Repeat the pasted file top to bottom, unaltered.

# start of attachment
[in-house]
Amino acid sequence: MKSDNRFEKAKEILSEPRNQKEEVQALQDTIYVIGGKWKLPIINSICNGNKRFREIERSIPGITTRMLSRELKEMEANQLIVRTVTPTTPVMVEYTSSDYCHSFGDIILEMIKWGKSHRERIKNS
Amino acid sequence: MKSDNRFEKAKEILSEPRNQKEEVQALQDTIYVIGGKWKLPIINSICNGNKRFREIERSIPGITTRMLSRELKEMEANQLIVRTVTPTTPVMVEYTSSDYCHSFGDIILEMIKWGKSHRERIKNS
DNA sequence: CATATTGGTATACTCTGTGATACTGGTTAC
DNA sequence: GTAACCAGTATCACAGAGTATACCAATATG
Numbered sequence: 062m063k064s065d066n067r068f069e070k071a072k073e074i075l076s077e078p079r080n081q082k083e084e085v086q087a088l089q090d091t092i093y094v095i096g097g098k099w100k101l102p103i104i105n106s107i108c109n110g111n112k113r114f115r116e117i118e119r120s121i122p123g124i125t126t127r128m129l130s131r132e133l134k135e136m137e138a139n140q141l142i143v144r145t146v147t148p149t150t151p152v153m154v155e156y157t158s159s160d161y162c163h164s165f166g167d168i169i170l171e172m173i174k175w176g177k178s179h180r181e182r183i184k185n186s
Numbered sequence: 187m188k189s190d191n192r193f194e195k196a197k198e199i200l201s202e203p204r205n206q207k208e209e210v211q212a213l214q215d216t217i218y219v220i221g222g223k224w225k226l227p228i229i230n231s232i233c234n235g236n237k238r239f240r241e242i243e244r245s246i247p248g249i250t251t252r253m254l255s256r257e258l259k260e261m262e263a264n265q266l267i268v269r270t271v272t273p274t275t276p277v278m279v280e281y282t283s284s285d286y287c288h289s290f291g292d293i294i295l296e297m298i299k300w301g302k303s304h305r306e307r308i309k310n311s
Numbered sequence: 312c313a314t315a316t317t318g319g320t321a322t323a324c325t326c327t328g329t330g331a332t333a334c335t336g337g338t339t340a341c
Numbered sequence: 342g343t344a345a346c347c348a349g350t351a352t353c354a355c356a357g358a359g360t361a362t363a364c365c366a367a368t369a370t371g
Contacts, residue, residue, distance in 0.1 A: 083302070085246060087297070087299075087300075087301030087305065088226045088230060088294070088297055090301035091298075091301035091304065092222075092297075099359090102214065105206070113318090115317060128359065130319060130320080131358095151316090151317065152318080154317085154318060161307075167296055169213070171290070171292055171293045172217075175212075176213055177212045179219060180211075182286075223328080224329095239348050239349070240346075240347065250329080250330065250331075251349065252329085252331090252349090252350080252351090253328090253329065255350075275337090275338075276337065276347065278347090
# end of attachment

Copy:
[in-house]
Amino acid sequence: MKSDNRFEKAKEILSEPRNQKEEVQALQDTIYVIGGKWKLPIINSICNGNKRFREIERSIPGITTRMLSRELKEMEANQLIVRTVTPTTPVMVEYTSSDYCHSFGDIILEMIKWGKSHRERIKNS
Amino acid sequence: MKSDNRFEKAKEILSEPRNQKEEVQALQDTIYVIGGKWKLPIINSICNGNKRFREIERSIPGITTRMLSRELKEMEANQLIVRTVTPTTPVMVEYTSSDYCHSFGDIILEMIKWGKSHRERIKNS
DNA sequence: CATATTGGTATACTCTGTGATACTGGTTAC
DNA sequence: GTAACCAGTATCACAGAGTATACCAATATG
Numbered sequence: 062m063k064s065d066n067r068f069e070k071a072k073e074i075l076s077e078p079r080n081q082k083e084e085v086q087a088l089q090d091t092i093y094v095i096g097g098k099w100k101l102p103i104i105n106s107i108c109n110g111n112k113r114f115r116e117i118e119r120s121i122p123g124i125t126t127r128m129l130s131r132e133l134k135e136m137e138a139n140q141l142i143v144r145t146v147t148p149t150t151p152v153m154v155e156y157t158s159s160d161y162c163h164s165f166g167d168i169i170l171e172m173i174k175w176g177k178s179h180r181e182r183i184k185n186s
Numbered sequence: 187m188k189s190d191n192r193f194e195k196a197k198e199i200l201s202e203p204r205n206q207k208e209e210v211q212a213l214q215d216t217i218y219v220i221g222g223k224w225k226l227p228i229i230n231s232i233c234n235g236n237k238r239f240r241e242i243e244r245s246i247p248g249i250t251t252r253m254l255s256r257e258l259k260e261m262e263a264n265q266l267i268v269r270t271v272t273p274t275t276p277v278m279v280e281y282t283s284s285d286y287c288h289s290f291g292d293i294i295l296e297m298i299k300w301g302k303s304h305r306e307r308i309k310n311s
Numbered sequence: 312c313a314t315a316t317t318g319g320t321a322t323a324c325t326c327t328g329t330g331a332t333a334c335t336g337g338t339t340a341c
Numbered sequence: 342g343t344a345a346c347c348a349g350t351a352t353c354a355c356a357g358a359g360t361a362t363a364c365c366a367a368t369a370t371g
Contacts, residue, residue, distance in 0.1 A: 083302070085246060087297070087299075087300075087301030087305065088226045088230060088294070088297055090301035091298075091301035091304065092222075092297075099359090102214065105206070113318090115317060128359065130319060130320080131358095151316090151317065152318080154317085154318060161307075167296055169213070171290070171292055171293045172217075175212075176213055177212045179219060180211075182286075223328080224329095239348050239349070240346075240347065250329080250330065250331075251349065252329085252331090252349090252350080252351090253328090253329065255350075275337090275338075276337065276347065278347090